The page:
Victoria plum tree growing!

Hello to anyone reading, I just ordered two victoria plum trees online bare root, I have researched as much as I can about the light level they require but am still unsure about it and dont want to plant them both and a few years down the line have no fruit! My garden is open on three sides with no shading but the back has 2 giant ash trees with an understory of damsons,lilacs,sycamore and young lawsons cypress. The sun disapears for nearly half of the day behind this wall and only returns briefly to set. Would my two plum trees grow behind this green wall and get enough light from the sun to produce lots of lovely plums? I fear my descripton may be a little bit confusing but I dont have any gardening friends to ask in person. Many thanks. Dean Alex.


  • just bump for you dean, I'm sure someone will know. I got one myself about 3 weeks ago. I've put mine in a tub untill i do my front garden.




  • chickychicky SurreyPosts: 7,110

    Not an expert, but we were advised to site all our fruit trees in full sun.  Try looking at the web pages of some fruit tree suppliers (we got ours from Ashridge, who have a really informative website, but there are Keepers and Brogdale too).

    The Stone Age didn’t end because they ran out of stones ......
  • Thank you everyone. I will give it ago.

  • young man haha image well both bare root trees arrived tonight at about 8pm! via courier. So I will get them in tomorrow image

  • I would think they are grafted as well, so should fruit well next year. image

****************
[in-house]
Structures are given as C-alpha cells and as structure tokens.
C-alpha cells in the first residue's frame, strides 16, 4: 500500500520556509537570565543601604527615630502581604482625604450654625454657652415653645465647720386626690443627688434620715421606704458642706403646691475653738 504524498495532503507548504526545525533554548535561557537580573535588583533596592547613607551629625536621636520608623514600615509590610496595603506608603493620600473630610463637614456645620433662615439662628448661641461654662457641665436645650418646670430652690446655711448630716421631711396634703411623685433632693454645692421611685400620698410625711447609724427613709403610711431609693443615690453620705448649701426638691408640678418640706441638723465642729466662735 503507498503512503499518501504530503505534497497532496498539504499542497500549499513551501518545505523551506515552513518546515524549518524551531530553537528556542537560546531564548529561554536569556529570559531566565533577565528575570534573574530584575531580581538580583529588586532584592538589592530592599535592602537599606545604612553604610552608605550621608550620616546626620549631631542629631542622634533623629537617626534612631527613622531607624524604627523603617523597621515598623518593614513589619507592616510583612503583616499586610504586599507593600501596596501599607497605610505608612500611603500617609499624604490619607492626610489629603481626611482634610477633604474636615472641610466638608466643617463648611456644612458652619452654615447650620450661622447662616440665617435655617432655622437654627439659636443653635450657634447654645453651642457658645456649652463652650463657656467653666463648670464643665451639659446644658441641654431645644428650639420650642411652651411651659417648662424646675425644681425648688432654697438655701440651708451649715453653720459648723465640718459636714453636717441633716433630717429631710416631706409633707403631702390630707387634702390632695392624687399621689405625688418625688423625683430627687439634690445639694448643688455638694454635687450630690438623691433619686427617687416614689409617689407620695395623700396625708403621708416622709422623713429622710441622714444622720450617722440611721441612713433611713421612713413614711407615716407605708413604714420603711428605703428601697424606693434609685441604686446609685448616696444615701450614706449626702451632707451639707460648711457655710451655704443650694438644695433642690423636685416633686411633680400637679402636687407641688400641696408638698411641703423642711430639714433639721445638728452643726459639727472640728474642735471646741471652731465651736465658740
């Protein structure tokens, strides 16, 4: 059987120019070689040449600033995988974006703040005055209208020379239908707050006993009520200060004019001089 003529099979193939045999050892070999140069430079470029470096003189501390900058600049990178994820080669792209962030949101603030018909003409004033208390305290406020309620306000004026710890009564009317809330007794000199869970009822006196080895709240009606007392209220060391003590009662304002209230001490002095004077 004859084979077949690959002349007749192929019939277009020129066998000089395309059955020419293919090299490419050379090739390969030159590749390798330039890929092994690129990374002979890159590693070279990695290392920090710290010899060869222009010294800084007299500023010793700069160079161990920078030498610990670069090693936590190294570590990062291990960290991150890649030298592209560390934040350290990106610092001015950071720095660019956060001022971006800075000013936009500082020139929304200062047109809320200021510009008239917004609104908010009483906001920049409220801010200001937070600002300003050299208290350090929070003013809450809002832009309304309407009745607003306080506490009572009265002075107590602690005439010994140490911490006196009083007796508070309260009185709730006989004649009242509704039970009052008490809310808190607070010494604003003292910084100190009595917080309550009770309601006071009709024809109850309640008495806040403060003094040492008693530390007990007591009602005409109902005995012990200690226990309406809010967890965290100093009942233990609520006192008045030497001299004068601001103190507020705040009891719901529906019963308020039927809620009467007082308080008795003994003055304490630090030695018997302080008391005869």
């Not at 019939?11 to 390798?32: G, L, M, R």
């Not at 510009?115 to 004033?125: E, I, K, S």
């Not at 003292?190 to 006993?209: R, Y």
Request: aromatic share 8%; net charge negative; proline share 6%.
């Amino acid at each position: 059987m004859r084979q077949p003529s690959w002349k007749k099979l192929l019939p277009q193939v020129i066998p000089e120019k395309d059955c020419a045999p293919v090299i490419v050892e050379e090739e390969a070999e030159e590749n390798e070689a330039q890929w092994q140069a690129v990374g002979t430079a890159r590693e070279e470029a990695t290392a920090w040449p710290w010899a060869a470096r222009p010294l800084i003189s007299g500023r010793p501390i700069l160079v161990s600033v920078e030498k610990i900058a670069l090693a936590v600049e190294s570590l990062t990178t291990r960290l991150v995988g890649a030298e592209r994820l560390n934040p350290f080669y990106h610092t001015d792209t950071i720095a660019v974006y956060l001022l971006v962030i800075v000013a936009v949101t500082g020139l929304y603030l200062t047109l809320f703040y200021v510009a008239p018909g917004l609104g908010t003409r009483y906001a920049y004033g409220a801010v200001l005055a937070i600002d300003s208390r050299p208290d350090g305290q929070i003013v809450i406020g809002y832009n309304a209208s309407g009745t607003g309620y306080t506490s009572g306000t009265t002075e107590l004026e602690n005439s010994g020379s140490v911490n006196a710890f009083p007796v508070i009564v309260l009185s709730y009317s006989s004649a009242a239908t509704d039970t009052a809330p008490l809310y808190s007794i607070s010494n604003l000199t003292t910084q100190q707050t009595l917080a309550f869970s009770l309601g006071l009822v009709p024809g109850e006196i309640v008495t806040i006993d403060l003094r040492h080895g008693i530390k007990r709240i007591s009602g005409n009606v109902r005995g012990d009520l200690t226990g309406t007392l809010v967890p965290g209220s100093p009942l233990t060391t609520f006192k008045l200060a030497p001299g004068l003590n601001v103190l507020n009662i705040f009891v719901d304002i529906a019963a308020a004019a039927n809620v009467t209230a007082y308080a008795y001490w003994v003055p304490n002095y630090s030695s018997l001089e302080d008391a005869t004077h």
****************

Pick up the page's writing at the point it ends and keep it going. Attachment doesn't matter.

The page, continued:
• DovefromaboveDovefromabove Central Norfolk UKPosts: 42,838

    I've grown a V. plum in a slightly shady spot and it performed well.

     However, one of the drawbacks of VPs is that they are prone to grow long slim branches and then crop so heavily that the branches bend and even snap with the weight.  

    Growing in a shady spot can exaggerate this tendency, so be prepared to thin the crop (I know it breaks your heart but do it) and also, sometime between now and early summer you need to find some strong forked sticks  of appropriate heights to support the laden branches (like with clothes props) to prevent snapping.  

    Ours fruited in the first year after planting. image

    Gardening is cheaper than therapy, and you get tomatoes. 
  • I will thin the fruit when and if it does get lots of small fruit, I had to persuade my dad to thin his pear tree fruit as the branchs were bowing and 1 had snapped. In the end they all fell to the ground rock hard and small as they always do, so we removed the tree this year image

Sign In or Register to comment.